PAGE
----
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Antonie van Leeuwenhoek

, Volume 112, Issue 11, pp 1633–1644 | Cite as

Co-inoculation of different antagonists can enhance the biocontrol activity against Rhizoctonia solani in tomato

  • Manoj Kumar Solanki
  • Mahesh S. YandigeriEmail author
  • Sudheer Kumar
  • Rajesh Kumar Singh
  • Alok K. Srivastava
Original Paper

Abstract

Biological control by using microbial inoculants is adopted as the best alternative to chemical pesticides to manage plant diseases. In the present study, a microbial consortia based management strategy involving the microbes Bacillus velezensis MB101 (BV), Streptomyces atrovirens N23 (SA) and Trichoderma lixii NAIMCC-F-01760 (TL), was evaluated for the management of Rhizoctonia solani (RS), the causal agent of tomato root rot. The efficacy of these microbial inoculants was evaluated in glasshouse and field experiments. Plant defense-related enzymes were assayed in the glasshouse, and biocontrol effect was evaluated in the field with RS infected soil. In the glasshouse experiment, co-inoculated SA + TL treated plants showed maximum disease resistance in comparison to control. Also, the plant defense-related enzymes such as chitinase, β-1,3-glucanase, peroxidases, polyphenol oxidase, and phenylalanine ammonia lyase were increased in this treatment. Furthermore, three application methods were assessed in the field, and SA + TL showed maximum disease reduction (76%) by the dual application. Based on glasshouse and field study results, it was concluded that co-inoculation of SA + TL activated plant defense against RS as compared to the individual microbes, and co-inoculation could be a new effective strategy to manage the root rot pathogen in an eco-compatible manner.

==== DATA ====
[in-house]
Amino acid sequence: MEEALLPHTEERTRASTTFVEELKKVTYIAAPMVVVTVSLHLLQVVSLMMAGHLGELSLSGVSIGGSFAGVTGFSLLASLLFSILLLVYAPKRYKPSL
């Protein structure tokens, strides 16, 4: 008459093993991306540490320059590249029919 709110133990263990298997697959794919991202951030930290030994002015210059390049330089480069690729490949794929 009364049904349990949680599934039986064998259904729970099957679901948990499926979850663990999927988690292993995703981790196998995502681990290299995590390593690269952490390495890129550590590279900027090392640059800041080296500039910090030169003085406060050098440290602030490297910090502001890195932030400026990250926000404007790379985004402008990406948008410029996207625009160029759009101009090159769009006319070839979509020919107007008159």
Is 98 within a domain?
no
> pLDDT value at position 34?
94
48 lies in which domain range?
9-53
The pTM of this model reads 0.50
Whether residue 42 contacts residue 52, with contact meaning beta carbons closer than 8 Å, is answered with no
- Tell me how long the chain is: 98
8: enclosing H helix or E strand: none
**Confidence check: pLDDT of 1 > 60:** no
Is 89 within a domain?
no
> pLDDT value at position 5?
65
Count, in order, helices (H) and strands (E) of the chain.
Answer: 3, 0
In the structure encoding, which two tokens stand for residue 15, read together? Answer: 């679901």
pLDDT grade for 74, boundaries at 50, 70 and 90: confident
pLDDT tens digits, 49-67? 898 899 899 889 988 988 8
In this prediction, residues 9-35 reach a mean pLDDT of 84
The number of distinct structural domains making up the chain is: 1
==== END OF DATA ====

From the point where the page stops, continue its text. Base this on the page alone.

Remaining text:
Keywords

Bio-control Root rot Bacillus velezensis Trichoderma lixii Streptomyces atrovirens Plant defense Rhizoctonia solani Tomato 

Notes

Acknowledgements

This work was funded by the Indian Council of Agriculture Research (ICAR) by a network project ‘Application of Microorganisms in Agriculture and Allied Sectors’ (AMAAS). Microbial culture collection unit (NAIMCC) of ICAR-NBAIM is highly appreciable for providing cultures for this study.

Author contributions

Conceptualization, MKS, SK, and MSY; Experiment setup, data collection and analysis MKS, and RKS; Funding acquisition, SK and MSY; Project administration and supervision, SK and AKS; Writing—original draft, MKS, RKS and MSY, Writing—review and editing, SK and AKS

Conflict of interest

The authors declare no conflict of interest.

Supplementary material

10482_2019_1290_MOESM1_ESM.doc (80 kb)
Supplementary material 1 (DOC 80 kb)

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Copyright information

© Springer Nature Switzerland AG 2019

Authors and Affiliations

  1. 1.ICAR-National Bureau of Agriculturally Important MicroorganismsKusmaur, MauIndia
  2. 2.ICAR-National Bureau of Agricultural Insect ResourcesBangaloreIndia
  3. 3.ICAR-Indian Institute of Wheat and Barley ResearchKarnalIndia
  4. 4.Department of Postharvest and Food Sciences, The Volcani CenterAgricultural Research OrganizationRishon LeZionIsrael

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